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Dublin: 14 °C Monday 24 June, 2019
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NAMA suggests 332 apartments to be used for Priory Hall residents

NAMA hands handed over a list of properties which could be used to house residents, and will cover the cost of completion works.

Niamh Ryan and her son Clyde, who turned 7 today, in the Regency Hotel in Dublin. They are being housed in the hotel after being told to evacuate their home at the Priory Hall apartment complex.
Niamh Ryan and her son Clyde, who turned 7 today, in the Regency Hotel in Dublin. They are being housed in the hotel after being told to evacuate their home at the Priory Hall apartment complex.
Image: Leon Farrell/Photocall Ireland

THE NATIONAL ASSET Management Agency has this evening given Dublin City Council a list of over 300 apartments which it says could be considered by the council to rehouse residents from the Priory Hall apartment complex.

Residents from the complex have been forced to leave their homes after a court ordered its evacuation amid grave concerns over the fire safety of the apartments.

The block’s 250 residents, from 65 families, are now living in hotels until they can be given alternative accommodation ahead of tomorrow’s deadline for the total evacuation of the building in Donaghmede, Dublin 13.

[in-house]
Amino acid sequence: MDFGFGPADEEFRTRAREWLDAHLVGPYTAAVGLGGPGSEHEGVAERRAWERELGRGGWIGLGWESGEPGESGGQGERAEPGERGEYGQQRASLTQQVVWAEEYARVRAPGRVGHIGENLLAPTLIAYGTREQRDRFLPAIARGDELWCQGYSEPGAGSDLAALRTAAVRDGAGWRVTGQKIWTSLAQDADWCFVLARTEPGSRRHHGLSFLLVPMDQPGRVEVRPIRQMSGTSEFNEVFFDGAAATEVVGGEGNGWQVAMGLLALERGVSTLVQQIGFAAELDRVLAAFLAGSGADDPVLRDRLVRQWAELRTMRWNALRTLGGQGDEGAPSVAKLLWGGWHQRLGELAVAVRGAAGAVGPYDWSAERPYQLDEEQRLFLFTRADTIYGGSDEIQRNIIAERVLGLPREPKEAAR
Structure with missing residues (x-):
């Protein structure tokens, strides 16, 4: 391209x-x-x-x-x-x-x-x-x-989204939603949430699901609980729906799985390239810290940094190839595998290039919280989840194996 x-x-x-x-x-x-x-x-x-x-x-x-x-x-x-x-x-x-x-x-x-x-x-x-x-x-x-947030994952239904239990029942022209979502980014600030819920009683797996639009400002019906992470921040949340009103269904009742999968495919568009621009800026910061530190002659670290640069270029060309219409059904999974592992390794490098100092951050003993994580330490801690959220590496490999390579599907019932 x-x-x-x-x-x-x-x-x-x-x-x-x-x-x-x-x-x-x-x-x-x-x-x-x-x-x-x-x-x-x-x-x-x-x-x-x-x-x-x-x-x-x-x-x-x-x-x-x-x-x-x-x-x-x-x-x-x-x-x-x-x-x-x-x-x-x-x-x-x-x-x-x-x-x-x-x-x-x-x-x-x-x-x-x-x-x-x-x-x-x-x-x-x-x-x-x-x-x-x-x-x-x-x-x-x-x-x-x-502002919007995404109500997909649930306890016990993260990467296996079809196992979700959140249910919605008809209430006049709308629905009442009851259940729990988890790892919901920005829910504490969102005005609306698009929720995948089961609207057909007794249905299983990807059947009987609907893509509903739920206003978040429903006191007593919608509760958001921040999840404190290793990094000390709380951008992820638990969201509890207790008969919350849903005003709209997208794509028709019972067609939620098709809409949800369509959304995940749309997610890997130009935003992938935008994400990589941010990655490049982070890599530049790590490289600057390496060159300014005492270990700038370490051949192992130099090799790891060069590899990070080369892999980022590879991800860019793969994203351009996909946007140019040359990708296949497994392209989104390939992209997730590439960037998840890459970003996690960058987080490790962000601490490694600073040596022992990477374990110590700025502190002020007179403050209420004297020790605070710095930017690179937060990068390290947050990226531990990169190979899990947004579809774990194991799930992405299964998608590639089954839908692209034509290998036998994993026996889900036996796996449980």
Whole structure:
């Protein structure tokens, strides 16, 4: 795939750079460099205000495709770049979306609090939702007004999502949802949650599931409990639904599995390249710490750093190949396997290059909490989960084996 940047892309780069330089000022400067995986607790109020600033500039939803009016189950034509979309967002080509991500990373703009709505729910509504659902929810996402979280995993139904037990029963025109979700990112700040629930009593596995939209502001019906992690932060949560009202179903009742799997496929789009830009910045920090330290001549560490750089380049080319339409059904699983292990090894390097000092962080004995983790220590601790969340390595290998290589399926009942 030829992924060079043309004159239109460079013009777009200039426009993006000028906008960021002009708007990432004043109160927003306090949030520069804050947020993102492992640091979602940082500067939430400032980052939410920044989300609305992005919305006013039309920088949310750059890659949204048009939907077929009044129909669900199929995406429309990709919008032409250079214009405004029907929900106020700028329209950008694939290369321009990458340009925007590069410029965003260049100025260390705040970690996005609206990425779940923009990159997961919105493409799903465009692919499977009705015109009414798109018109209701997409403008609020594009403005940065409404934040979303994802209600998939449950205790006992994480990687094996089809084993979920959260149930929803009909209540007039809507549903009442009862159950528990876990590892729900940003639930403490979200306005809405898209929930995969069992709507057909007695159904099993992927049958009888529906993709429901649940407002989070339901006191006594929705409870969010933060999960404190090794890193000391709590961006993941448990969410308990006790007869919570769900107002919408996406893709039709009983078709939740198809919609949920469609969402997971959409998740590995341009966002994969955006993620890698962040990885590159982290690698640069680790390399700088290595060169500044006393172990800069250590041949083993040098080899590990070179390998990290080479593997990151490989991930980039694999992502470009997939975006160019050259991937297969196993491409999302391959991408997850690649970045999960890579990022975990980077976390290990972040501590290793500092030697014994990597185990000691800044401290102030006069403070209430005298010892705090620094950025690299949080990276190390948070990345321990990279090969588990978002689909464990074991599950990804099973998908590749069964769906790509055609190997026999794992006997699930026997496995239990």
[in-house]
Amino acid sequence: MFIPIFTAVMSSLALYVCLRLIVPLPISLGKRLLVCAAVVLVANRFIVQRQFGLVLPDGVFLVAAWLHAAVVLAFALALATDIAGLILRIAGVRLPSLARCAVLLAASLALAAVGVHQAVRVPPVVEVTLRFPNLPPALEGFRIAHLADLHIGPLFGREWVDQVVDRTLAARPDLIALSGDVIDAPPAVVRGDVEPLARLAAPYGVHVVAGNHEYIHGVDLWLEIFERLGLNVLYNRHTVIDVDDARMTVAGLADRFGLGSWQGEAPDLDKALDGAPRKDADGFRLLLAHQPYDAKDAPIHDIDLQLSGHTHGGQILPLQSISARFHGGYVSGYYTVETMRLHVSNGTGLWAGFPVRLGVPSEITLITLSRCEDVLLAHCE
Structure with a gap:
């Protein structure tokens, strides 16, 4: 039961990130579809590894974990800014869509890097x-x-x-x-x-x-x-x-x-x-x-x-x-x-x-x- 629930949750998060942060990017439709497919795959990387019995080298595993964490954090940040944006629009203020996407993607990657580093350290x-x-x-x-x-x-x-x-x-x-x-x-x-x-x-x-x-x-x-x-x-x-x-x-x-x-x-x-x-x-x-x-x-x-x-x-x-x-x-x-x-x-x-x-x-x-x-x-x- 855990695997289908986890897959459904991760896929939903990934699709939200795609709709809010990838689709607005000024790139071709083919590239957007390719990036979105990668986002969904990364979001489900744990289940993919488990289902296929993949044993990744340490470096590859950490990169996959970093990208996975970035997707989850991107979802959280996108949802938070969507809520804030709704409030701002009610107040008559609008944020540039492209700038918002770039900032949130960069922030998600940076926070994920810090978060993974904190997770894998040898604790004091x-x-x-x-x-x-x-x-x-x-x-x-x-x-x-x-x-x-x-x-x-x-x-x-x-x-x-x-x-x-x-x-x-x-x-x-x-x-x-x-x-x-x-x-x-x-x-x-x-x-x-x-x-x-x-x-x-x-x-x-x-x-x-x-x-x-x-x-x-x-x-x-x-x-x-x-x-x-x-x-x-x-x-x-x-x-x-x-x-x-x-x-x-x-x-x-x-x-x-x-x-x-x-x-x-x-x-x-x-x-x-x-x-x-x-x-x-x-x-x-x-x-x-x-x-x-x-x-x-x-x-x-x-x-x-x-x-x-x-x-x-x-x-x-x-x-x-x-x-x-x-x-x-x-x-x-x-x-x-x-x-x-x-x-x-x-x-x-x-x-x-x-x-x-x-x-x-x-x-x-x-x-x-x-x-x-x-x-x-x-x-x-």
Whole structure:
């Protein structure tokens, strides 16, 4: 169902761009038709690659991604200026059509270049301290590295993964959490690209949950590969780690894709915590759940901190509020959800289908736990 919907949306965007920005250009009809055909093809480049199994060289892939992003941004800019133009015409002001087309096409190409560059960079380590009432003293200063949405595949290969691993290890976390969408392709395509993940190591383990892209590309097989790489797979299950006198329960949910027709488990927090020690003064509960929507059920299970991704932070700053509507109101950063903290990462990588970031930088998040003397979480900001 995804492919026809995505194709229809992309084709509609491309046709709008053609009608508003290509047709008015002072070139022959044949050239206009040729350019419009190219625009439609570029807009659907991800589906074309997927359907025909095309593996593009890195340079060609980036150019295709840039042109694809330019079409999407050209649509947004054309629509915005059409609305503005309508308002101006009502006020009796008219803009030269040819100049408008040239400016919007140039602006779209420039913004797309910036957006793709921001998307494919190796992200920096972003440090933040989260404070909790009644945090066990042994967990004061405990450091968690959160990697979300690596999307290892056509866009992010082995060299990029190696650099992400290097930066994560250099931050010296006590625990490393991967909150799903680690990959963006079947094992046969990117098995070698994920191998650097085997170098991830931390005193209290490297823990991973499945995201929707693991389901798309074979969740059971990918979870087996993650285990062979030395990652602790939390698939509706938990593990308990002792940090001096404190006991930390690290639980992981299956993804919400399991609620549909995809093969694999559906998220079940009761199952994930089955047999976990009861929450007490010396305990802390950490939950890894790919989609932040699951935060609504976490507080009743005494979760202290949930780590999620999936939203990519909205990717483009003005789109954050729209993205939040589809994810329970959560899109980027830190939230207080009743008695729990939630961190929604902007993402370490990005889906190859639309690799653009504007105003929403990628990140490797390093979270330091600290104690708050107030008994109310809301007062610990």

NAMA’s list of 332 apartments includes some developments where work has not finished completion.

In a statement this evening the agency said that such works could be completed within two to three weeks from agreement, and that it had agreed to fund the cost of completing the work.

Dublin City Council will now approach the owners of the proposed apartments directly, in order to agree commercial terms for their rental to house the displaced residents.

The apartments on NAMA’s list are all based in Dublin 11, Dublin 13 and Dublin 17.

NAMA’s list of accommodation comes after Coalport Developments, who built the complex during Ireland’s construction boom, admitted it did not have the resources to cover the cost of alternative accommodation.

Thomas McFeely and Lawrence O’Mahony, its directors, have had their assets frozen and have been ordered to surrender their passports.

NAMA had not taken over the loan for Priory Hall from the developers, in accordance with its policy of refusing loans which it cannot realise.

RTÉ News reports Dublin City Council had already secured 22 housing units across the city and would try to house the affected families in appropriate accommodation.

The Department of Education says it will cover the cost of school transport for children who have had to move as a result of the evacuation.

Read: Priory Hall developers told to hand over passports >

In pictures: Families pack their belongings at Priory Hall >

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Gavan Reilly

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